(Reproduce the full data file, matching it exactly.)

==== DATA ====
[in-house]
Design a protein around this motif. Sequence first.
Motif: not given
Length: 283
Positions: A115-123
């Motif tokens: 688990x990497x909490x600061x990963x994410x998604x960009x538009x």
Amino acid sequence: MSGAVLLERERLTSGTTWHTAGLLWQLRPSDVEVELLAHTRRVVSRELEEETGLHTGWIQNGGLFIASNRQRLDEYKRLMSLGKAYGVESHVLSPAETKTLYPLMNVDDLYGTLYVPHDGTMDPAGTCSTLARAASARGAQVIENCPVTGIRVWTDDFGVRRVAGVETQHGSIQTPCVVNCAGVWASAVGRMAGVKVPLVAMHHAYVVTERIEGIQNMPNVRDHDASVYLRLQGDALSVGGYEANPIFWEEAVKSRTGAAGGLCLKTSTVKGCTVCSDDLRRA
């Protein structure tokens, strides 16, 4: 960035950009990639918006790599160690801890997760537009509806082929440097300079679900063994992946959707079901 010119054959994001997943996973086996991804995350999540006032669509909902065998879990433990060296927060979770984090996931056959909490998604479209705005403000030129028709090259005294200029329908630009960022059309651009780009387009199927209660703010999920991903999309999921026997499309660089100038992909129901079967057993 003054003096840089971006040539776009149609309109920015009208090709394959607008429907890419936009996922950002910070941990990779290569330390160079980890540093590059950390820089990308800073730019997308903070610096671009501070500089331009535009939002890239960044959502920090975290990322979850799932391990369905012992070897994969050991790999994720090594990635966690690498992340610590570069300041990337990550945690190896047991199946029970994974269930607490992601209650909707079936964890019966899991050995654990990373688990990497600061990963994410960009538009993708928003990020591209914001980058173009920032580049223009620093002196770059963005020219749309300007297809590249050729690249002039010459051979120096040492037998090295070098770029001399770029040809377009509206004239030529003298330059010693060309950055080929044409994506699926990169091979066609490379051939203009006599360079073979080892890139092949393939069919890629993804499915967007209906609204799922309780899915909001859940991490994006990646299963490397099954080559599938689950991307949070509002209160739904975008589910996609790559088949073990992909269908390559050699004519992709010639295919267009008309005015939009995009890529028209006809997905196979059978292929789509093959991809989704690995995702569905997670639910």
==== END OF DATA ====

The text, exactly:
[in-house]
Design a protein around this motif. Sequence first.
Motif: not given
Length: 283
Positions: A115-123
């Motif tokens: 688990x990497x909490x600061x990963x994410x998604x960009x538009x």
Amino acid sequence: MSGAVLLERERLTSGTTWHTAGLLWQLRPSDVEVELLAHTRRVVSRELEEETGLHTGWIQNGGLFIASNRQRLDEYKRLMSLGKAYGVESHVLSPAETKTLYPLMNVDDLYGTLYVPHDGTMDPAGTCSTLARAASARGAQVIENCPVTGIRVWTDDFGVRRVAGVETQHGSIQTPCVVNCAGVWASAVGRMAGVKVPLVAMHHAYVVTERIEGIQNMPNVRDHDASVYLRLQGDALSVGGYEANPIFWEEAVKSRTGAAGGLCLKTSTVKGCTVCSDDLRRA
């Protein structure tokens, strides 16, 4: 960035950009990639918006790599160690801890997760537009509806082929440097300079679900063994992946959707079901 010119054959994001997943996973086996991804995350999540006032669509909902065998879990433990060296927060979770984090996931056959909490998604479209705005403000030129028709090259005294200029329908630009960022059309651009780009387009199927209660703010999920991903999309999921026997499309660089100038992909129901079967057993 003054003096840089971006040539776009149609309109920015009208090709394959607008429907890419936009996922950002910070941990990779290569330390160079980890540093590059950390820089990308800073730019997308903070610096671009501070500089331009535009939002890239960044959502920090975290990322979850799932391990369905012992070897994969050991790999994720090594990635966690690498992340610590570069300041990337990550945690190896047991199946029970994974269930607490992601209650909707079936964890019966899991050995654990990373688990990497600061990963994410960009538009993708928003990020591209914001980058173009920032580049223009620093002196770059963005020219749309300007297809590249050729690249002039010459051979120096040492037998090295070098770029001399770029040809377009509206004239030529003298330059010693060309950055080929044409994506699926990169091979066609490379051939203009006599360079073979080892890139092949393939069919890629993804499915967007209906609204799922309780899915909001859940991490994006990646299963490397099954080559599938689950991307949070509002209160739904975008589910996609790559088949073990992909269908390559050699004519992709010639295919267009008309005015939009995009890529028209006809997905196979059978292929789509093959991809989704690995995702569905997670639910």